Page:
View Full Version : Selmer style concert uke.

Garry Petrisic
10-31-2013, 09:54 PM
Starting to come together now. I have never had so much trouble keeping this thing dent free while building. Talk about fumble fingers and bashing it against things. Bolt on neck, cedar top Koa back and sides, Queensland maple neck with a she oak lace fingerboard. Koa head veneers. ebony bridge. bone nut. It will be a long time until I build another one of these. I will post some pics of the finished uke if it does not collapse on me when I string it up. Progress so far.6045960460

10-31-2013, 10:09 PM
Very cool Garry. Always a brave man that uses Cedar for a top.

Garry Petrisic
11-01-2013, 12:21 AM
The thing was a real challenge. A piece of cedar sent to me by my good friend Kim from Queensland. It split into a number of bits. I glued it up with superglue and was determined to make it work. the reason I have the bolt on neck is to make it easier to replace the top if it fails. I talked to Tony Graziano who gave me a few tips in his building methods. I changed the back from Mango to Koa at the last minute. I shaved the ladder bracing down a little thin. That is why I am worried about the thing shitting itself when I string it up. I have a 4.5 degree neck angle and hope that it will not impart too much pressure on the fragile cedar which is only a little over 1 mm thick. Other than that I am OK. My ukes are always different but they seem to be really good when they are finished. I do not do grain filling or massive amounts of finishing. they usually look old when they are done.

11-01-2013, 01:00 AM
That's a real fancy rosette!

11-01-2013, 07:36 AM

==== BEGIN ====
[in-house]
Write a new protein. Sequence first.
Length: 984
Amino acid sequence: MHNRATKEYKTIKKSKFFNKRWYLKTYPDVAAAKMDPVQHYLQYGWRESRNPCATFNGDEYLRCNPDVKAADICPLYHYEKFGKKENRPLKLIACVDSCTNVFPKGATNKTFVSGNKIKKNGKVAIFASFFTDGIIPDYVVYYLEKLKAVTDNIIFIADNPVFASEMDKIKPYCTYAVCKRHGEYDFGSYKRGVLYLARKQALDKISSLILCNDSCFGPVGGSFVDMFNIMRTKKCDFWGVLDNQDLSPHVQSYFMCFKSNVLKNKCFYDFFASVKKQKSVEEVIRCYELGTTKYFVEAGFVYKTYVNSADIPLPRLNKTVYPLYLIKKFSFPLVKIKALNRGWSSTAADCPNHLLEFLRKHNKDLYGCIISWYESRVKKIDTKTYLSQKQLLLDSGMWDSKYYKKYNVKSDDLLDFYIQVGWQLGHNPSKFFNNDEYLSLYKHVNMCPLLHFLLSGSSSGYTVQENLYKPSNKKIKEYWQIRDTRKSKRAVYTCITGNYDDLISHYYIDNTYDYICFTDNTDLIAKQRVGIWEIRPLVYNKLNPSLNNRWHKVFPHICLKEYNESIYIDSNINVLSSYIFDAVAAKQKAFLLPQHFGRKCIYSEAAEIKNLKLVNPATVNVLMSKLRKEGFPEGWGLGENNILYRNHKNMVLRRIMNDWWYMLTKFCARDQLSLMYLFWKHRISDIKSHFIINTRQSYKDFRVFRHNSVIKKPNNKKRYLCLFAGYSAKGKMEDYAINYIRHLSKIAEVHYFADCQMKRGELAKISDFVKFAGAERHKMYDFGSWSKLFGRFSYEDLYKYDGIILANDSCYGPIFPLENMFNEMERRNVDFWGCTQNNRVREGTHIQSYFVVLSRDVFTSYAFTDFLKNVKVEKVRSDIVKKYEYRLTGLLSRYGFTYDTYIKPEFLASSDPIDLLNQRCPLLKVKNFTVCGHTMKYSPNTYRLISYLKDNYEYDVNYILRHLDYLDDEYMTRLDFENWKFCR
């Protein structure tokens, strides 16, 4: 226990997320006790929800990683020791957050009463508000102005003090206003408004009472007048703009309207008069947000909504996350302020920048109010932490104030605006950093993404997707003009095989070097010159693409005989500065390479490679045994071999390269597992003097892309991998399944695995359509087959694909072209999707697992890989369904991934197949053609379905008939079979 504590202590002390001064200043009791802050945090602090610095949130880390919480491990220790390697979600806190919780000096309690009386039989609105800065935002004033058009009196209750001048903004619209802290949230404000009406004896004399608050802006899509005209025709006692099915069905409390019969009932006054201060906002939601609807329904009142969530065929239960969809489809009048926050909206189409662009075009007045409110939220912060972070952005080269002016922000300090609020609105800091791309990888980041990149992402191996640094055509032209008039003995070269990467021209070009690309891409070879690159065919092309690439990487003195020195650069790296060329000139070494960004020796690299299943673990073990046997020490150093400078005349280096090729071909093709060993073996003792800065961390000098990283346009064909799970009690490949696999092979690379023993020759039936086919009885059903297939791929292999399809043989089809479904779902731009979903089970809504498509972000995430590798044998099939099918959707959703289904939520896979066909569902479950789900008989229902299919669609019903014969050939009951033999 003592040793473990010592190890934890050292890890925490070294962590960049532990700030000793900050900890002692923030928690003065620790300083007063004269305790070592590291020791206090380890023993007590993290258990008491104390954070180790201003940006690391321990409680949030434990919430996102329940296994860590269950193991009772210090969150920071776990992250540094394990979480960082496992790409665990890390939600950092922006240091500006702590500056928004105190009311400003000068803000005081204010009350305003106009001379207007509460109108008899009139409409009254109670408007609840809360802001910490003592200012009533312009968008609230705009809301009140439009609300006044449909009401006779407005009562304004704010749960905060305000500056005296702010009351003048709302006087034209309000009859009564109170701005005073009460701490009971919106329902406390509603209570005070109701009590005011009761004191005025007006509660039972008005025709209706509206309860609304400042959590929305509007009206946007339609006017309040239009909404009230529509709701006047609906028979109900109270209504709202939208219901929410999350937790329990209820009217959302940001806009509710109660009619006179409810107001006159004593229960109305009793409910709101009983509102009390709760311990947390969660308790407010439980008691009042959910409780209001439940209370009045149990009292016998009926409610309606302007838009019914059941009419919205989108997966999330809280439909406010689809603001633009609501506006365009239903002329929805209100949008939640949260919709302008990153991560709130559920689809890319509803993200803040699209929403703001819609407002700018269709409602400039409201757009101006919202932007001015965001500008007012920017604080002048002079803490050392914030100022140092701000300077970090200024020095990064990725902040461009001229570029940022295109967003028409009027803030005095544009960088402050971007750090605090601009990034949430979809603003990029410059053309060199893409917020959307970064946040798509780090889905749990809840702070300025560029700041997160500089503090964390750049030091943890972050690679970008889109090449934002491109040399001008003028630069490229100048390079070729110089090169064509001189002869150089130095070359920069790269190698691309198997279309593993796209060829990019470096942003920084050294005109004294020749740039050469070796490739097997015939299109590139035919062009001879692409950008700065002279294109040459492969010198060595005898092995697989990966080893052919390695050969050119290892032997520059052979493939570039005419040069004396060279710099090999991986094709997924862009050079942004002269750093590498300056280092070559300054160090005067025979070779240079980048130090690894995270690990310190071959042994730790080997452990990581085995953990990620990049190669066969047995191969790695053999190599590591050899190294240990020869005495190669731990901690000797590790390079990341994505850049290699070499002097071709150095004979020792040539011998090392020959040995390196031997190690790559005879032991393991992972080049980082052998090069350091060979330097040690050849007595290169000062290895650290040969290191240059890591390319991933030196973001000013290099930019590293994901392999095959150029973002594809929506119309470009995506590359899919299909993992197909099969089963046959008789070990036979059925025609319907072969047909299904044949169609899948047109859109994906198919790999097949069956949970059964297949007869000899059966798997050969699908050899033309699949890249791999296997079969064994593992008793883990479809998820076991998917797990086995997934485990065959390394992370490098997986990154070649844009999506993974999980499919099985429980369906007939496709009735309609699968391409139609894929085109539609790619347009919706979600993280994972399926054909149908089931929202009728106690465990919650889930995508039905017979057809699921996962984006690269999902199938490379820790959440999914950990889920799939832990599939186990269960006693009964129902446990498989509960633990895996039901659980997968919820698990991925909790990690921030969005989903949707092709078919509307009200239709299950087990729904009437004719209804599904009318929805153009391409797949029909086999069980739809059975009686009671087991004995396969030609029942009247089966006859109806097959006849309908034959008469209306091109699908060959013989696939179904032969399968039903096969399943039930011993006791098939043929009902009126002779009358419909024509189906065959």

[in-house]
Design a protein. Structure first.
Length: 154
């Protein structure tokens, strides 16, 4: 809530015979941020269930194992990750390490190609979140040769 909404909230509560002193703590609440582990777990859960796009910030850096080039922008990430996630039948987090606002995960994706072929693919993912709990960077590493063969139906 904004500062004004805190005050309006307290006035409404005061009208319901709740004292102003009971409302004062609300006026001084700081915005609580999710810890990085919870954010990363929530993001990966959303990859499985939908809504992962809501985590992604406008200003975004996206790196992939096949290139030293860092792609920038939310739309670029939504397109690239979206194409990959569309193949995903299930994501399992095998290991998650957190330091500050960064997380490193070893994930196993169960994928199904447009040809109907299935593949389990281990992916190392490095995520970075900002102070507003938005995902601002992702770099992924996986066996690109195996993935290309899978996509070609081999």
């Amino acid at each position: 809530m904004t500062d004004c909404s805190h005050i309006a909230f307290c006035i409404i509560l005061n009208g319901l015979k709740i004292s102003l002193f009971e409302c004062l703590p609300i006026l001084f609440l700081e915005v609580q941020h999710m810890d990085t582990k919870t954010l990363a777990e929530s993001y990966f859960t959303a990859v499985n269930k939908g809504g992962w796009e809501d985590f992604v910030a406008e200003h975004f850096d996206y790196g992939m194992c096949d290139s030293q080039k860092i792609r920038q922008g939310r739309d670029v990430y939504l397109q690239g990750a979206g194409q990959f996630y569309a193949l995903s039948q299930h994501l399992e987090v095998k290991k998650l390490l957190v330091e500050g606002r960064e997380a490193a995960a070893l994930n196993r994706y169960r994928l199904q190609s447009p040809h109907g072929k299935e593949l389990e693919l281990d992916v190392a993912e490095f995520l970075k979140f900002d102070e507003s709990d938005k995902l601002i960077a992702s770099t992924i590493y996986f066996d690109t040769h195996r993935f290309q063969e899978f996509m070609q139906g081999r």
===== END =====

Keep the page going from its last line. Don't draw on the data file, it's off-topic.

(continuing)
Sweet. Love the rosette and tail piece, although the bridge looks a bit large to me. Could just be the photo though. Lets see it strung up!!

Garry Petrisic
11-01-2013, 09:50 AM
Bridge is not finished. it is 100mm long and a little high at the moment. It does look a little large to me as well, but I have reduced it down nearly to its final size. Good thing though is that it can be replaced if I don't like it. Thanks for the comments. This is my first attempt at any sort of inlay. For every one piece in it, there are 5 laying on the floor that were not good. I am not going to make a habit of embellishment. Too much work.

Garry Petrisic
11-01-2013, 09:52 AM
Took a fancy lot of time as well. I am not going to make a habit of it. I am not normally into this sort of thing. I will post some pics of the finished uke when I get it done. Possibly next week.

Garry Petrisic
11-01-2013, 09:19 PM
I could not wait so put in an effort today to get the uke strung up. Sounds loud and bright. Still worried about the loading downwards on the top. Seems to have gone down a little but holding ok. Only time will tell. 6051760518605196052060521

11-01-2013, 10:25 PM
That is absolutely gorgeous mate!

I take it all that raised fingerboard and cutaway bridge stuff is to keep as little in contact with the soundboard as possible?

Top notch work - and even if it fails, it'll make a cracking wall hanger! :D

Garry Petrisic
11-02-2013, 12:23 AM
Thanks for the wonderful comment. I do not think it will fail any time soon. It turned out better than I expected with all the trouble in dinting it and dropping it.
The raised fingerboard is a feature on all my ukes. It makes it easier to construct a neck which can be glued or bolted and it does not make a great deal of difference to the soundboard frequencies. It is just the way I do things. In this case I did a bolt on neck as I was worried about the fragile nature of the cedar. It make it easier to put on a new top when you can remove the neck easily. I have played it all afternoon now and found it will hold up OK as it has settled in on full string tension. Sounds crisp and has a little sustain thrown in. Not a uke to play vigorously but one to play softer Hawaiian songs and blues.